How Do You Talk About Grief On A Date?

I lost my dad at the age of 20. A year later, I still don’t know how to tell my dates about it.

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It’s an odd age. Half my Facebook friends were married, divorced, and/or had a few kids. A few had started Etsy stores to sell their hipster bicycle paintings. Some were graduating college, some were dropping out, some were still doing whatever they did in high school but usually with more booze.

And at age 20, I joined the elite club known as the Dead Parents Society (I’ve never seen the movie, so please insert your own witty comparison here).

By and large, most people still have at least two parents at the age of 20. Many of us have more, with the stepparents and unofficial parental figures we acquire as we get older.

When you’re dating in your 20’s, you aren’t prepared to talk about dead parents.

My first date post-losing-Dad was a week later. It was the third date with a guy I really liked, but who was also as emotionally available as your average houseplant. I warned him about my loss in advance just in case I burst into tears at the sight of a cute dog or rogue Father’s Day ad.

He never even mentioned it on the date. I wasn’t expecting flowers and a card and a speech about his undying concern for me, but I didn’t even get a “How are you doing?”

At the time I was pretty taken aback. How could you just not say anything?

But I get it now. I’d like to think I’d do something different, but I’m not sure I would. He was, what, 25? And I was 20. How many times had he looked a date in the eyes and listened as they worked through the loss of a parent? Probably zero. Hell, I haven’t done it. I’ve only been on the receiving end.

A month later, I went on a first date. He asked about my family.

“My mom lives up north and my sister isn’t far away,” I said.

“Not close to your dad?”

I held my breath. Not for me, for him.

“I don’t want you to feel uncomfortable,” I cautioned. “But he passed away a month ago. But it’s fine that you asked, really. It’s fine.”

His hand flew up to his mouth and I could see it in his eyes:

I really wish I hadn’t said anything.

Somehow I was the one with the dead dad yet here I was, reassuring him. It was my job to carry my dad’s death on my shoulders, and my job to make sure everyone else was emotionally okay with me doing so.

I don’t blame this guy. He didn’t do anything wrong.

But god, is that pressure oppressive.

A date a few months later responded to my comment about my deceased father with:

“Oh, my mom passed away too!”

Like a breath released. Neither of us had to hold anything for each other. We’d both walked the terrain of grief. We both knew the path. And we both could agree to carry our own hurt, leaving space for the other to do the same.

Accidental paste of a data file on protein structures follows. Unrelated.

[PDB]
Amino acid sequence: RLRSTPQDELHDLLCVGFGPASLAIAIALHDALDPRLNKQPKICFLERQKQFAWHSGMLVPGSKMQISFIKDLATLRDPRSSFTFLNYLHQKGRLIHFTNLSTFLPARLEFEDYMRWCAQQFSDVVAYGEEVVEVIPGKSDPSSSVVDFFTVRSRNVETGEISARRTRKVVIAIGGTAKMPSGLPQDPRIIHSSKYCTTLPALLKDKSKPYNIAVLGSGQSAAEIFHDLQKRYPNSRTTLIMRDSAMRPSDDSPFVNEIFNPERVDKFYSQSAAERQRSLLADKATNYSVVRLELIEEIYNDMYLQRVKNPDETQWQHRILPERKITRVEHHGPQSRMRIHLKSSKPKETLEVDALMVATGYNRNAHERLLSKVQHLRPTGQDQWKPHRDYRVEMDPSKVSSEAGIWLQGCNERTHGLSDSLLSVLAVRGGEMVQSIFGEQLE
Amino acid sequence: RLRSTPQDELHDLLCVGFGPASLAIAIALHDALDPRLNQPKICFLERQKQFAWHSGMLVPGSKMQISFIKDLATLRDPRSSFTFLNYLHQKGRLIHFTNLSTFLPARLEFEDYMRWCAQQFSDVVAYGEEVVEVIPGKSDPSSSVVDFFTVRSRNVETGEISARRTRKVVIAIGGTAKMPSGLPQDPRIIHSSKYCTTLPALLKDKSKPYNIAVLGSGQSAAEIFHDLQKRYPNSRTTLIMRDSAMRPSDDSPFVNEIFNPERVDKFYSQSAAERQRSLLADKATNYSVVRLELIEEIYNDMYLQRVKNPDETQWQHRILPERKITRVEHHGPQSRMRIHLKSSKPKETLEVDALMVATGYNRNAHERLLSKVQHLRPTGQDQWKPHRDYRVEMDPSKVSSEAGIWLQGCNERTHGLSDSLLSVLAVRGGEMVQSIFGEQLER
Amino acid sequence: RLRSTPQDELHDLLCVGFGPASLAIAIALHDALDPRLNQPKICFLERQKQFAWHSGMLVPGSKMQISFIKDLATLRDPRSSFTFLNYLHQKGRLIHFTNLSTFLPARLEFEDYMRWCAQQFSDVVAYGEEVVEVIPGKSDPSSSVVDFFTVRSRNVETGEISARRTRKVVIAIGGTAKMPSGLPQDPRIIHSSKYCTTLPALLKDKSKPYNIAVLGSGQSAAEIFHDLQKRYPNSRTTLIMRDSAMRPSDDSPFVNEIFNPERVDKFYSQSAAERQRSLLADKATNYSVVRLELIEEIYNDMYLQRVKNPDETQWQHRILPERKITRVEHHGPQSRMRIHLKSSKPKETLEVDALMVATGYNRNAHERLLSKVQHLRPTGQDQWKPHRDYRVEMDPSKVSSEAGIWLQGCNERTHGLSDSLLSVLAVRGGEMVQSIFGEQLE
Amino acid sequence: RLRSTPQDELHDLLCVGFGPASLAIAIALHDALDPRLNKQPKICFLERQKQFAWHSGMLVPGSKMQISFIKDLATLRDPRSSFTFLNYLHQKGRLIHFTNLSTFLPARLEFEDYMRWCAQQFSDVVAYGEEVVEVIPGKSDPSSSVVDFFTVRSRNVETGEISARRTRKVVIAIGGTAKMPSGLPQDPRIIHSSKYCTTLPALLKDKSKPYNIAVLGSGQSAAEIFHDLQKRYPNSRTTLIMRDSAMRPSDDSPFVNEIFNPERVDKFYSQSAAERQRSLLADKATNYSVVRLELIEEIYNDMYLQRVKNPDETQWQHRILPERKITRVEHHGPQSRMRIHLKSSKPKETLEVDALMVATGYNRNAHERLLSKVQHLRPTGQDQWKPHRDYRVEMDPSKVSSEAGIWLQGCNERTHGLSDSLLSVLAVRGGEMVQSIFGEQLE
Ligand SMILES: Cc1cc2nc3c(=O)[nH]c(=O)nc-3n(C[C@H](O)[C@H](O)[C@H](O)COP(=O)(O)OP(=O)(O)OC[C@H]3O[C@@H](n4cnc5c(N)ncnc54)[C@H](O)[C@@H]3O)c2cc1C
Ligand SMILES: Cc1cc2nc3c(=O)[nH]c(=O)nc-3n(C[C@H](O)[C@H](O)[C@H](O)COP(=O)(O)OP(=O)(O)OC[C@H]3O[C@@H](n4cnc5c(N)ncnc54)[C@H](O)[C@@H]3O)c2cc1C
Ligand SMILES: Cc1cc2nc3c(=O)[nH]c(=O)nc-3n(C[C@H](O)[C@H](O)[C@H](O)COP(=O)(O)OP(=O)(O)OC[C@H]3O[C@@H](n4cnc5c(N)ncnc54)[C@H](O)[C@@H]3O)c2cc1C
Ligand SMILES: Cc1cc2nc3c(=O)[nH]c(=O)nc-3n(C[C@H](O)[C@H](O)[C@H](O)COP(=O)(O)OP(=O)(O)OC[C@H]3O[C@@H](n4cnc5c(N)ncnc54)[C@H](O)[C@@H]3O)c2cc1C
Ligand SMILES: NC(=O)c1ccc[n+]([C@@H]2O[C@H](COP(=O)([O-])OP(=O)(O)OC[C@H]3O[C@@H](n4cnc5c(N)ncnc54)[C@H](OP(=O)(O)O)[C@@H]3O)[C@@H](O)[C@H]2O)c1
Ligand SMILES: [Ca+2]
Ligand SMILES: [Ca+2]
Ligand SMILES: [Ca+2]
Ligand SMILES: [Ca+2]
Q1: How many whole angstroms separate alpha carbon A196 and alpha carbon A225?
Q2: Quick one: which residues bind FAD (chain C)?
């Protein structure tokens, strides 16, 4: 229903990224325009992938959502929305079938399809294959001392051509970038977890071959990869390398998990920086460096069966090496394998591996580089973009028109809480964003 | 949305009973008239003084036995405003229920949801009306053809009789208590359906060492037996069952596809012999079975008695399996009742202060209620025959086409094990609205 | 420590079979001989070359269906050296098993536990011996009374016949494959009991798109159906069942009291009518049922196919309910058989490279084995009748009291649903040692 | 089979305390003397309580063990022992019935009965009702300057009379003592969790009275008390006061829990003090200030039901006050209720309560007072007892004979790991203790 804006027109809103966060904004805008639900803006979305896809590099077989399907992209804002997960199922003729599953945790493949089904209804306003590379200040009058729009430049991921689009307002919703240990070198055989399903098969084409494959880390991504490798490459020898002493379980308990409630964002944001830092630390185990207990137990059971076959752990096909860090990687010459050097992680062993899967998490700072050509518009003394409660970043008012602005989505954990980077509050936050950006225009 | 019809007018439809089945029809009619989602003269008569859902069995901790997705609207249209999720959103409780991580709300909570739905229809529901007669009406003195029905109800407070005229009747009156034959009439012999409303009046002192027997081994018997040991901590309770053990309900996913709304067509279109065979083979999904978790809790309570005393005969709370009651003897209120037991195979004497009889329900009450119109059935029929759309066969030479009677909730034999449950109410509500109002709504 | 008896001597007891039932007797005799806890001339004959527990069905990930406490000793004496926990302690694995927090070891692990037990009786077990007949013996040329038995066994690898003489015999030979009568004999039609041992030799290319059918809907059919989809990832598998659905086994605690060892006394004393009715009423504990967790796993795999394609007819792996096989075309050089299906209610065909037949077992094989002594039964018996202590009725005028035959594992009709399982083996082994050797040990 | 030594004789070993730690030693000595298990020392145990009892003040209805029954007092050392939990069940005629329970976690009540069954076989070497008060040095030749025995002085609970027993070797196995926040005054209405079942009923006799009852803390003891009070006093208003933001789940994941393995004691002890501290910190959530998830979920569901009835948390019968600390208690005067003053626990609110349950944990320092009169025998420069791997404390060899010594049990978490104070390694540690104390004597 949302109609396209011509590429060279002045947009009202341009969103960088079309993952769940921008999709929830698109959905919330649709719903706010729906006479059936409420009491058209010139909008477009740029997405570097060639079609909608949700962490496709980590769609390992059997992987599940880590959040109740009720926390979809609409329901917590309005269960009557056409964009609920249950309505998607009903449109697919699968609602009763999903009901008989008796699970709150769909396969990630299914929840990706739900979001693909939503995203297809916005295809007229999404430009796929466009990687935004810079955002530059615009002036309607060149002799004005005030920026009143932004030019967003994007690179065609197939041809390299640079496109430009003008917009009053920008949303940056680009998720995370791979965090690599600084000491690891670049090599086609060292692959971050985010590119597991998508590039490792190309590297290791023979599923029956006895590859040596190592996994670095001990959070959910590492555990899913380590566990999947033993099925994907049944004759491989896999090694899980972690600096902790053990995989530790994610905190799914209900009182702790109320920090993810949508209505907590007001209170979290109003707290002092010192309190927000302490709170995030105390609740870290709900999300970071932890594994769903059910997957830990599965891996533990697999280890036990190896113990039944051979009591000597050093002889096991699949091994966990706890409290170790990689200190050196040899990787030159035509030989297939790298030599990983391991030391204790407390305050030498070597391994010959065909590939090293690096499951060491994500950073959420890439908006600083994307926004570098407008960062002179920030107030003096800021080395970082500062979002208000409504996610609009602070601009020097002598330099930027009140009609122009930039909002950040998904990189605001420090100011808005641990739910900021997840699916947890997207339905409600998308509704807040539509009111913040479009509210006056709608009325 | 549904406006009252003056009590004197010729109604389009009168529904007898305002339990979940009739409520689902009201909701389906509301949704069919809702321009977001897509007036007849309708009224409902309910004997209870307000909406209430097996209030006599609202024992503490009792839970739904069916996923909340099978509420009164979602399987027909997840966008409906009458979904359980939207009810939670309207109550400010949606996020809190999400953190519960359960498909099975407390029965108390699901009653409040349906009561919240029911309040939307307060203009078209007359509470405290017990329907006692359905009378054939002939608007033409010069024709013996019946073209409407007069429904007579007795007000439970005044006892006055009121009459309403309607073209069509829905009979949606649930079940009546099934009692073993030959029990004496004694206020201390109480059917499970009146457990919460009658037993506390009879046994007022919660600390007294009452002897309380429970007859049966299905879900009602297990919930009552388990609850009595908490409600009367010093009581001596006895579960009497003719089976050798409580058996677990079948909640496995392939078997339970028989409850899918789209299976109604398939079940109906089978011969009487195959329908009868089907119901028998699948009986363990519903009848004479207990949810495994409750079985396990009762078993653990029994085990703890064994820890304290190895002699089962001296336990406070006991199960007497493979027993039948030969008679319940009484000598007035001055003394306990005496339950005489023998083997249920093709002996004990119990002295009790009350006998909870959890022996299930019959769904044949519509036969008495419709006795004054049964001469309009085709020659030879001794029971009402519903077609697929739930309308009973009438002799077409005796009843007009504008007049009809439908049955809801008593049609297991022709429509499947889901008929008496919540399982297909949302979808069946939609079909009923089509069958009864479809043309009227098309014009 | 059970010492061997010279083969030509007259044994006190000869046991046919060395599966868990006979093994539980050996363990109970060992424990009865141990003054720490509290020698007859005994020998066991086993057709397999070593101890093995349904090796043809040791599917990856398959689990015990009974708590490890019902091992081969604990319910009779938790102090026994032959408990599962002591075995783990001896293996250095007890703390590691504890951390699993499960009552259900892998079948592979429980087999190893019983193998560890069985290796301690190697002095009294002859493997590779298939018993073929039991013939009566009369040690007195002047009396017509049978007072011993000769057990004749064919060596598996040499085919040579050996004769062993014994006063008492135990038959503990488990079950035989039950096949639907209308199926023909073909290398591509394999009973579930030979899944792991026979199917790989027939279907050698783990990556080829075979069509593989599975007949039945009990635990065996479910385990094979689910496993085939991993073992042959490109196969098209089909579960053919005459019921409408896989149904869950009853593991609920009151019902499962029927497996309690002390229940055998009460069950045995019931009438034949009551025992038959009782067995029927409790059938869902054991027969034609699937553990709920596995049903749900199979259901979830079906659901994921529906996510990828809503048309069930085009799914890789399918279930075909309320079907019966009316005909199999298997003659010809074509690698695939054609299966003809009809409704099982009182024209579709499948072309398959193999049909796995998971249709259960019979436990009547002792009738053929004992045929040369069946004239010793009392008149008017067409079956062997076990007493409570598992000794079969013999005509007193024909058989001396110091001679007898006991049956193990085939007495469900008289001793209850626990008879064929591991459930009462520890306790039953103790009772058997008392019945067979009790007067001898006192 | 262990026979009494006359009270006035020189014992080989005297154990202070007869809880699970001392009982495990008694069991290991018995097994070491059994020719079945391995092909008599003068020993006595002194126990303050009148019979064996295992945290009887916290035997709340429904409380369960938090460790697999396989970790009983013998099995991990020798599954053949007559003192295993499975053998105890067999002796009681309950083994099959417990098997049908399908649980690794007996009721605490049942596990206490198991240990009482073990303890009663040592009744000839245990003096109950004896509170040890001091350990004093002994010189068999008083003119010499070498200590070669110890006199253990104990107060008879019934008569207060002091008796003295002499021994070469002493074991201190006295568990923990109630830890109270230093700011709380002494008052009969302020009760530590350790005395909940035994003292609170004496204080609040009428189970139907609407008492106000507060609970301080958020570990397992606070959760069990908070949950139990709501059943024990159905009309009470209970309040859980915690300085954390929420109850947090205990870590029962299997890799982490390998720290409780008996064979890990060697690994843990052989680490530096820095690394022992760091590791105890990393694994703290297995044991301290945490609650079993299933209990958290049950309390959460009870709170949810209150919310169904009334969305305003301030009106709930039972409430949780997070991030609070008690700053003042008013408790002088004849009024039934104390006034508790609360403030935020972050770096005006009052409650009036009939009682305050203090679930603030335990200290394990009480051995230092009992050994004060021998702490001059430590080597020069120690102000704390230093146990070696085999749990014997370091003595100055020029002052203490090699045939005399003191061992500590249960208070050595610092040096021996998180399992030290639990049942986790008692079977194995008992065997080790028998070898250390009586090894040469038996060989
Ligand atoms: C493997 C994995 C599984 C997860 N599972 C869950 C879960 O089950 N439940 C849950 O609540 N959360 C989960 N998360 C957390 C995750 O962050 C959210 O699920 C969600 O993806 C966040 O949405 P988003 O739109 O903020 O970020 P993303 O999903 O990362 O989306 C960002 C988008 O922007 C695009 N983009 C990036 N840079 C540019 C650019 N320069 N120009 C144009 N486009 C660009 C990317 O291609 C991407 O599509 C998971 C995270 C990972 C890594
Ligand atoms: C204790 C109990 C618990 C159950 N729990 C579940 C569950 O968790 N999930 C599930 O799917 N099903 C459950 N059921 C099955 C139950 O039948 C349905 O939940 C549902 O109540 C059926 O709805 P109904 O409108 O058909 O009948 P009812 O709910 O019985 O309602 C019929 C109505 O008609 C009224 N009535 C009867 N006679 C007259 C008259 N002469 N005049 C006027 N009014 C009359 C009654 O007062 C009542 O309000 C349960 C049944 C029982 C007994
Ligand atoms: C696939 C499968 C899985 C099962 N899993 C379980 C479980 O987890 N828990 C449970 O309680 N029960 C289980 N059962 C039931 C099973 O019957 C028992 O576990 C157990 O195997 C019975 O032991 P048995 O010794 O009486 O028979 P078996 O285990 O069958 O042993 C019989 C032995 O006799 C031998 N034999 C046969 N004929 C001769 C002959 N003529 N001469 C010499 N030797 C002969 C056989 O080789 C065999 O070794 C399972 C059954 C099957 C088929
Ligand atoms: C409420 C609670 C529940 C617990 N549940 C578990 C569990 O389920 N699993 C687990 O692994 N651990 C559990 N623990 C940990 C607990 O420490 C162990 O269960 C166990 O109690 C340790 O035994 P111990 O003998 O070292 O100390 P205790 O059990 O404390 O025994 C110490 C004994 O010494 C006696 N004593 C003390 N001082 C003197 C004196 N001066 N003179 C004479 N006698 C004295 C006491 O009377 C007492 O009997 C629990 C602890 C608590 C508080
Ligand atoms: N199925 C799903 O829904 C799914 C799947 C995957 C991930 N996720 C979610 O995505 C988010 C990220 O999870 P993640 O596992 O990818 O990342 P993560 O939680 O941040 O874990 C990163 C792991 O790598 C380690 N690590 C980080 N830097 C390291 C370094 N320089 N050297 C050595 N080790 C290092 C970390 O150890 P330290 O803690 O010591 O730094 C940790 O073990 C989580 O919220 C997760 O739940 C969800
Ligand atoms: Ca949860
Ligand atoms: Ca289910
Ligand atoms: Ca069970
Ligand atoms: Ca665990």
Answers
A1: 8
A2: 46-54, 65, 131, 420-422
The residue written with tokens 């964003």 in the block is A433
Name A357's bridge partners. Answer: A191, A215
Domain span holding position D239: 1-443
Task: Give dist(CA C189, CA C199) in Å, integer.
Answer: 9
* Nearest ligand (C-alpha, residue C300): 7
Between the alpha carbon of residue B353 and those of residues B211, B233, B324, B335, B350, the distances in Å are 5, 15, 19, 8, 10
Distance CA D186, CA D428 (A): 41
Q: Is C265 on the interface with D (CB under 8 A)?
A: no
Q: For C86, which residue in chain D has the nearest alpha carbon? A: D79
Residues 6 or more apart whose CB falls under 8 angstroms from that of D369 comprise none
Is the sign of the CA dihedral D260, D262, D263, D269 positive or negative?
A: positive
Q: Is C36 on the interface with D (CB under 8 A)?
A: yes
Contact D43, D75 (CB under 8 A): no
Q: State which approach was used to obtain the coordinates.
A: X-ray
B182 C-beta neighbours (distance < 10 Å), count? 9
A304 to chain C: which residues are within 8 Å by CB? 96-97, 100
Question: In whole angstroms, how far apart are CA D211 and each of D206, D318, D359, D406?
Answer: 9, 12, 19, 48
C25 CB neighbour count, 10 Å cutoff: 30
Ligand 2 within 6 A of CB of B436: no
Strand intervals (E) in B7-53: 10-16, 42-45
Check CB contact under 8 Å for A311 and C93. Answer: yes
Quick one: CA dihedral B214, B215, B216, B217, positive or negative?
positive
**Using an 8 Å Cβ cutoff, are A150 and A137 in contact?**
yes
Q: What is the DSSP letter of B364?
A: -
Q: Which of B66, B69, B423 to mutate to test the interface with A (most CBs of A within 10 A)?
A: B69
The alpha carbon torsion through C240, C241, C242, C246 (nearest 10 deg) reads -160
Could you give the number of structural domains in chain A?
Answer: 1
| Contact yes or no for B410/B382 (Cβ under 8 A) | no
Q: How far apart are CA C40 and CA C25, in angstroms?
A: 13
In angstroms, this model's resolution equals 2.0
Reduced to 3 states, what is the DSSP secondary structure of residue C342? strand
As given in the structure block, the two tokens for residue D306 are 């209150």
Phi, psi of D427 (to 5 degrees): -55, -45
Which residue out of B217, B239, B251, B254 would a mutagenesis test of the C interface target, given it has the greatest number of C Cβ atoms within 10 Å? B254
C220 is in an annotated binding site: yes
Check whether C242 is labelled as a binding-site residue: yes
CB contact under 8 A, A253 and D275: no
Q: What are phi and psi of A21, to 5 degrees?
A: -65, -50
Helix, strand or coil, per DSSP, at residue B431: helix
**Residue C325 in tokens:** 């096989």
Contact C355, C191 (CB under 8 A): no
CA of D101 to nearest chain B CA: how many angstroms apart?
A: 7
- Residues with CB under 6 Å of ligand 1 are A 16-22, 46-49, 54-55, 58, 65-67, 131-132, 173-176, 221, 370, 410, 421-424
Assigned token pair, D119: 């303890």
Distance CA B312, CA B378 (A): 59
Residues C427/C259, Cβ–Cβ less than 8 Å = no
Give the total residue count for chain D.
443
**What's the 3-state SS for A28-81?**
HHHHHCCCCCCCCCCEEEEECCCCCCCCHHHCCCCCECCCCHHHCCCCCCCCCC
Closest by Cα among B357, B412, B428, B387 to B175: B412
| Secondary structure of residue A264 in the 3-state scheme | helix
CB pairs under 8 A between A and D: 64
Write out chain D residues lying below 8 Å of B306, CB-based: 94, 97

But in a way, that meant I never had to reckon with it. The story of how it shaped me became much less consequential because it seemed so normal all of a sudden. Like, of course. We both have dead parents, just like everyone else.

Even though he got it, I don’t think he got it, nor do I think I got him. I think we both laid each other’s stories over our own. I never dug into how his grief was different from mine because I thought I knew.

And in thinking that, I never really found out.

It’s been a year since Dad passed away.

On a date the other night, we talked about our worst memories.

“I guess you can’t beat a dead parent,” I laughed. Of course I laughed. Because I didn’t know how to say “this was the worst day of my life, but I’m worried I’ll scare you off if I’m that honest.”

I didn’t want to carry his emotions, his discomfort. I hoped he’d laugh with me, maybe assuming that I hated my dad or I didn’t really know him and that my life had been so easy that the death of an estranged relative was the worst thing I could come up with.

I didn’t want to hear him awkwardly try to change the subject. Or offer the clichéd “I’m sorry for your loss” sentiments just to keep the conversation moving.

I didn’t want anything from him. Or, y’know, maybe I wanted everything. Maybe I wanted to connect, maybe I wanted to hear whatever magic words I imagined were out there that would make me feel heard, or maybe I just wanted to answer his damn question and move on before I ever had to reckon with it.

When he said nothing to my laughter, I felt the silence.

Then I kept talking. About how you don’t really know what to do when someone dies. How when my mom told me, my first words were, “Well, shit.” How I cleaned my whole kitchen and napped on the floor and tried to eat a whole cheesecake by myself. How it felt so surreal, how you never really come to terms with it because the whole thing feels ridiculous.

All the way through, I found ways to make it a joke. For his comfort. Not for mine.

And when I ran out of steam, he still said nothing.

Then he took my hand in a way that felt beautifully anachronistic yet somehow poignant, he kissed it. And he sat there. And we sat there.

And for the first time, I didn’t need to tell him anything. I didn’t owe him my reassurance or explanation or my laughter to keep him calm.

We just… sat.

And somehow, in that silence, I never felt more heard.

Mental Health Advocate | Writer | Aspiring Cat Lady | https://jordanyates.me/

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